I love the form of praise and worship. I love singing praises to the Lord, lifting my hands to worship Him. I love folks who look and act as joyful as I feel for all He has done in my life.

And **NO, **I do not go to be entertained. I am so sick of that accusation! It is simply untrue and tossed around by folks who have no idea at all what they are saying.


#14

[quote=robertaf]At any rate, Father tossed out the zinger.
He asked what are Catholics known for?

[/quote]

Ahhhhh, let me see. Bingo?

:smiley:


#15

Yes, copland, that is certainly possible. But an exposure to something different can also lead one to search more fervenly than ever for the correct answers… I think our Church, in general, treats us too much like children in our faith, who must be protected at all costs from everything that might lead us astray.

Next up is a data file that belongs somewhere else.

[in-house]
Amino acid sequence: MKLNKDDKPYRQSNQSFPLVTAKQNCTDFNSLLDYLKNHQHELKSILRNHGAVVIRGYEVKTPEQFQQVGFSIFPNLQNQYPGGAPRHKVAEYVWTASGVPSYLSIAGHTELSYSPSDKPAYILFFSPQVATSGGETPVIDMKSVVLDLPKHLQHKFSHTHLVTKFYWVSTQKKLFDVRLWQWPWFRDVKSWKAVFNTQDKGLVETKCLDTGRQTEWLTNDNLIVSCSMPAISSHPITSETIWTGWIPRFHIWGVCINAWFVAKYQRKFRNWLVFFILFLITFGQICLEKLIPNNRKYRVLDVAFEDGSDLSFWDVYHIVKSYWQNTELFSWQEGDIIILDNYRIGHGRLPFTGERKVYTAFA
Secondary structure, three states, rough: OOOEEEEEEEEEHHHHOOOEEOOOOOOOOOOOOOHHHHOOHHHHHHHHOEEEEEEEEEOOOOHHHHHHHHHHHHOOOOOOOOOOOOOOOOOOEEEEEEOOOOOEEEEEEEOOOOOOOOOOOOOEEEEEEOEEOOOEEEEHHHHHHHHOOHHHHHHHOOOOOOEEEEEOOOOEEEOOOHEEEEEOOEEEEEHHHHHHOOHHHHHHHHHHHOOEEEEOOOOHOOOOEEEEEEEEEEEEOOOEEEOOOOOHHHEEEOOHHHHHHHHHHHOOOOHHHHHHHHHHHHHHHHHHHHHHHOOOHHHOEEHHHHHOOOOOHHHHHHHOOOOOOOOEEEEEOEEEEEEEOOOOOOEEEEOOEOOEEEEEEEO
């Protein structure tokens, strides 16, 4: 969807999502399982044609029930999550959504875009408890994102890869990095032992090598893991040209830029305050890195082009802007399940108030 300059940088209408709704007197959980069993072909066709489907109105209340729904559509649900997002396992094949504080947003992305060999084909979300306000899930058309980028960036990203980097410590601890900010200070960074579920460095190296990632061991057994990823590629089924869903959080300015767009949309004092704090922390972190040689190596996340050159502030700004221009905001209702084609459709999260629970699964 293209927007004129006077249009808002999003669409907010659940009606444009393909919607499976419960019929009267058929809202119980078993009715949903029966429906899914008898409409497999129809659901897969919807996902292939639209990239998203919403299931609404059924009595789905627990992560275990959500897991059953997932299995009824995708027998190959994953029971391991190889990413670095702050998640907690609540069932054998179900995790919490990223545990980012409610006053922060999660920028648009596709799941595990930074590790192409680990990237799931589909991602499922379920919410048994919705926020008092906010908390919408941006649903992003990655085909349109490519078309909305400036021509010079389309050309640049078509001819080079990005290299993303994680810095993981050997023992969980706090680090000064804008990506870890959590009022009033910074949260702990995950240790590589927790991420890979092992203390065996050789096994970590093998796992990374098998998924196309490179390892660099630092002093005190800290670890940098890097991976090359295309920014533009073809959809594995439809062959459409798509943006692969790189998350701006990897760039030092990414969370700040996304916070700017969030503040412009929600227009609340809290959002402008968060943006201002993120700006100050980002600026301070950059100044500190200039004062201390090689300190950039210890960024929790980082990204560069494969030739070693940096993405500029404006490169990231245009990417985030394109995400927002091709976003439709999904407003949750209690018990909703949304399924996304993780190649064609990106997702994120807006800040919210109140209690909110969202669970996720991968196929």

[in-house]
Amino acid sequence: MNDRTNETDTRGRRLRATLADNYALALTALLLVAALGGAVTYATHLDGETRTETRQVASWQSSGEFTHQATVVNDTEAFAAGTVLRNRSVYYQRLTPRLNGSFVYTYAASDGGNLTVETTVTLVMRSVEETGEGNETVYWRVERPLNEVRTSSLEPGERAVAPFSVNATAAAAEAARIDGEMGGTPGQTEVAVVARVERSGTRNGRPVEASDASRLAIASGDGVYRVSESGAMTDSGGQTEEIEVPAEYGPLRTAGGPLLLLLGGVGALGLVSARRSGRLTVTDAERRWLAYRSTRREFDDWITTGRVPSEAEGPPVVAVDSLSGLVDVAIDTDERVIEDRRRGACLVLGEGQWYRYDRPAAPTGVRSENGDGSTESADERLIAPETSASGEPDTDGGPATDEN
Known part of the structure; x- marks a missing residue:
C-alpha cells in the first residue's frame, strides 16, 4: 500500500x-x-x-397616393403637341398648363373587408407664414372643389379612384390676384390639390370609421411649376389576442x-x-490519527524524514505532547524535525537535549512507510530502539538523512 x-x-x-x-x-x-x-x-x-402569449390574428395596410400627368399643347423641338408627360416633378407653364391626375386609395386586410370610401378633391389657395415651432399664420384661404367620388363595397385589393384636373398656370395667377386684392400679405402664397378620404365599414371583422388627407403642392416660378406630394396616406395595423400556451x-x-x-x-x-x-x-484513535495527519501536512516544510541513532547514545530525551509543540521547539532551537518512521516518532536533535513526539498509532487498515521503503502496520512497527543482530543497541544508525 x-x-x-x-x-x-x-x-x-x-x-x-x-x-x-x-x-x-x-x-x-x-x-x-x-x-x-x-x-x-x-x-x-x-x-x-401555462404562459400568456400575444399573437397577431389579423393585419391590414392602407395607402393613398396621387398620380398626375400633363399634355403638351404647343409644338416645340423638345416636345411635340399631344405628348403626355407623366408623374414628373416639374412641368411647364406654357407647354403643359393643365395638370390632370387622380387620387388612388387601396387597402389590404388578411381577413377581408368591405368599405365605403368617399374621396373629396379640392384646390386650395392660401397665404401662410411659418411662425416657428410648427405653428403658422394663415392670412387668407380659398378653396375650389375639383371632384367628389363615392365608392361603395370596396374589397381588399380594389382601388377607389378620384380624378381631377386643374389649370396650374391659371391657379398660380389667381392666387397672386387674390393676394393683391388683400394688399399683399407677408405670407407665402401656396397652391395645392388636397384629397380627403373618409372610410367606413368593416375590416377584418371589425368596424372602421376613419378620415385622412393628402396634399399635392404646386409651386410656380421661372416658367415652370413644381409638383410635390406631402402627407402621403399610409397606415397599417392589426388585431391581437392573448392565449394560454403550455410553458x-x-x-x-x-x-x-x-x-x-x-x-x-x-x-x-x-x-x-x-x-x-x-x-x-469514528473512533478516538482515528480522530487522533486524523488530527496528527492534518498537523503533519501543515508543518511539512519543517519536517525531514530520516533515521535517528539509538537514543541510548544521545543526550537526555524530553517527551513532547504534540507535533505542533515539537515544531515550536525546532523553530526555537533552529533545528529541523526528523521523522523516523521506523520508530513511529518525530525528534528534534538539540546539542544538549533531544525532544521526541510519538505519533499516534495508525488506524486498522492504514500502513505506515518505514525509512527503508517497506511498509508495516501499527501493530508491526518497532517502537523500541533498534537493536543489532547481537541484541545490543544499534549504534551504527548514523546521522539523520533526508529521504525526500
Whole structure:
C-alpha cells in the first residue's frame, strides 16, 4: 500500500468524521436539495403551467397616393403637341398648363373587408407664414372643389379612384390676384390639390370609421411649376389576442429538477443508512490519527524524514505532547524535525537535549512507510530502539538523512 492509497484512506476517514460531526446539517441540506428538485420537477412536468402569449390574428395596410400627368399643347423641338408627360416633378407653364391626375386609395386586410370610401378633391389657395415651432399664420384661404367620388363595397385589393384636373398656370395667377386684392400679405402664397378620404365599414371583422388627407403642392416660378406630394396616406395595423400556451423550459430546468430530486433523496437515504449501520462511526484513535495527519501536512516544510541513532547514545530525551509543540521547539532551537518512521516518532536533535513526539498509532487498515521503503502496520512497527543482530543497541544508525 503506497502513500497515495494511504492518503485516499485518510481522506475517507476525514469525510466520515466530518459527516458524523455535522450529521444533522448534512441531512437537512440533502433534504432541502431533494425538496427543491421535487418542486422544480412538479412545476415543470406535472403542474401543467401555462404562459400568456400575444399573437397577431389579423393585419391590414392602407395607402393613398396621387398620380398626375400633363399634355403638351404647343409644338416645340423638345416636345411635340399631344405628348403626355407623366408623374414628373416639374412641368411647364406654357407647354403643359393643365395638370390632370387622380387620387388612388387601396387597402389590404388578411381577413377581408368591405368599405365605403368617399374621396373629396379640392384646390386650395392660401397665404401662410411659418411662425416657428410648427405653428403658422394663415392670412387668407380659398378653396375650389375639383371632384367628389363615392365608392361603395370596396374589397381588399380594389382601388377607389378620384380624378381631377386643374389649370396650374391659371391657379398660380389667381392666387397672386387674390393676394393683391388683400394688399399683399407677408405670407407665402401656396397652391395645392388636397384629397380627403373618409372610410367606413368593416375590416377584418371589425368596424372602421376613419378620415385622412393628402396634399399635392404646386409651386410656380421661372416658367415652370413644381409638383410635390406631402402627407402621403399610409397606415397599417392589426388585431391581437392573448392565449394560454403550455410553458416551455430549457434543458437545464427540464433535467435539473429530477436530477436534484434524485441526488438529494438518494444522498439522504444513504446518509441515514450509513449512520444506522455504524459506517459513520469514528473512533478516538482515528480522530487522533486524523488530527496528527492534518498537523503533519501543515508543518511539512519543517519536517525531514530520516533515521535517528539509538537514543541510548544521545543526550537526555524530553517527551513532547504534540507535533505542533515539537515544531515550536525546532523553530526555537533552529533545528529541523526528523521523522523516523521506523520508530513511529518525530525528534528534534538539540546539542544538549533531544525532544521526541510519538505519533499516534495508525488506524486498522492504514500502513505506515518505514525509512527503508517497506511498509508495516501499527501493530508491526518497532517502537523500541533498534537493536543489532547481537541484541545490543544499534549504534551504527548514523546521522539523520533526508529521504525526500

[/quote]

I understand your point, javelin, and there is some validity to it.

But in an age when Catholics are deliberately targeted by evangelical groups, “picked off”, and led away from the Church, I do believe that copland’s warning is prudent and not to be casually dismissed.

You may be comfortable in your faith, and/or have a terrific parish. But copland’s warning may help someone else hesitate enough to avoid the pitfall.

Speaking as a revert, I know how easy it is to get outside the Church. And once you do, it is like the bicyclist who gets dropped from the large group of riders and can no longer benefit from their slipstream. Often, the rider never makes it back to the safety of the pack.